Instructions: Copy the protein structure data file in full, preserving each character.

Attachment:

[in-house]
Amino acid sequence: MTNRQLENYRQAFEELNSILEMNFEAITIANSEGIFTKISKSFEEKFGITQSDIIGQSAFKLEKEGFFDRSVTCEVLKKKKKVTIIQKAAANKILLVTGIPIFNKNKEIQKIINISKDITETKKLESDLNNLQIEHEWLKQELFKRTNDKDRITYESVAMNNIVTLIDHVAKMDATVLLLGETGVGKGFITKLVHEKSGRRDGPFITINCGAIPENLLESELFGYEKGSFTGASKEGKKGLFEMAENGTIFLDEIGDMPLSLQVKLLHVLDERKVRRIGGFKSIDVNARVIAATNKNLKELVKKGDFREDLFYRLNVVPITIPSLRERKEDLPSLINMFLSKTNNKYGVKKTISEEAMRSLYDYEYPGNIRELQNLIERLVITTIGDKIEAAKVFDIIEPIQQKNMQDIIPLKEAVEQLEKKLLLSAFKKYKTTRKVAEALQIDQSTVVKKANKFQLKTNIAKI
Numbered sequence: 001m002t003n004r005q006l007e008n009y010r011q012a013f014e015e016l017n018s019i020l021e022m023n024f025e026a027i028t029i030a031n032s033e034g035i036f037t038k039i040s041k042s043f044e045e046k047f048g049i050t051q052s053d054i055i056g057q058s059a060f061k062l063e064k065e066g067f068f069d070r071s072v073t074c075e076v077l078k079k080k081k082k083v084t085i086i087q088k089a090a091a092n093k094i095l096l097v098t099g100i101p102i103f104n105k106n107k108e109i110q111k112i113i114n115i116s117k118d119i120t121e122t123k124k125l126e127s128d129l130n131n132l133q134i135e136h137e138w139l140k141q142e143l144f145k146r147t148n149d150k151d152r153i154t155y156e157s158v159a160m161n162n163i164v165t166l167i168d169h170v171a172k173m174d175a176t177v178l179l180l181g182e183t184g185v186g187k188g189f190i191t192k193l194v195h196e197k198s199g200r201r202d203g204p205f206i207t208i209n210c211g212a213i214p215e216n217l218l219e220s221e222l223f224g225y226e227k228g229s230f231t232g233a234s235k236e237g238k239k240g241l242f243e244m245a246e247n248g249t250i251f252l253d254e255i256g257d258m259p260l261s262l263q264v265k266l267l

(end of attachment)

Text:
[in-house]
Amino acid sequence: MTNRQLENYRQAFEELNSILEMNFEAITIANSEGIFTKISKSFEEKFGITQSDIIGQSAFKLEKEGFFDRSVTCEVLKKKKKVTIIQKAAANKILLVTGIPIFNKNKEIQKIINISKDITETKKLESDLNNLQIEHEWLKQELFKRTNDKDRITYESVAMNNIVTLIDHVAKMDATVLLLGETGVGKGFITKLVHEKSGRRDGPFITINCGAIPENLLESELFGYEKGSFTGASKEGKKGLFEMAENGTIFLDEIGDMPLSLQVKLLHVLDERKVRRIGGFKSIDVNARVIAATNKNLKELVKKGDFREDLFYRLNVVPITIPSLRERKEDLPSLINMFLSKTNNKYGVKKTISEEAMRSLYDYEYPGNIRELQNLIERLVITTIGDKIEAAKVFDIIEPIQQKNMQDIIPLKEAVEQLEKKLLLSAFKKYKTTRKVAEALQIDQSTVVKKANKFQLKTNIAKI
Numbered sequence: 001m002t003n004r005q006l007e008n009y010r011q012a013f014e015e016l017n018s019i020l021e022m023n024f025e026a027i028t029i030a031n032s033e034g035i036f037t038k039i040s041k042s043f044e045e046k047f048g049i050t051q052s053d054i055i056g057q058s059a060f061k062l063e064k065e066g067f068f069d070r071s072v073t074c075e076v077l078k079k080k081k082k083v084t085i086i087q088k089a090a091a092n093k094i095l096l097v098t099g100i101p102i103f104n105k106n107k108e109i110q111k112i113i114n115i116s117k118d119i120t121e122t123k124k125l126e127s128d129l130n131n132l133q134i135e136h137e138w139l140k141q142e143l144f145k146r147t148n149d150k151d152r153i154t155y156e157s158v159a160m161n162n163i164v165t166l167i168d169h170v171a172k173m174d175a176t177v178l179l180l181g182e183t184g185v186g187k188g189f190i191t192k193l194v195h196e197k198s199g200r201r202d203g204p205f206i207t208i209n210c211g212a213i214p215e216n217l218l219e220s221e222l223f224g225y226e227k228g229s230f231t232g233a234s235k236e237g238k239k240g241l242f243e244m245a246e247n248g249t250i251f252l253d254e255i256g257d258m259p260l261s262l263q264v265k266l267l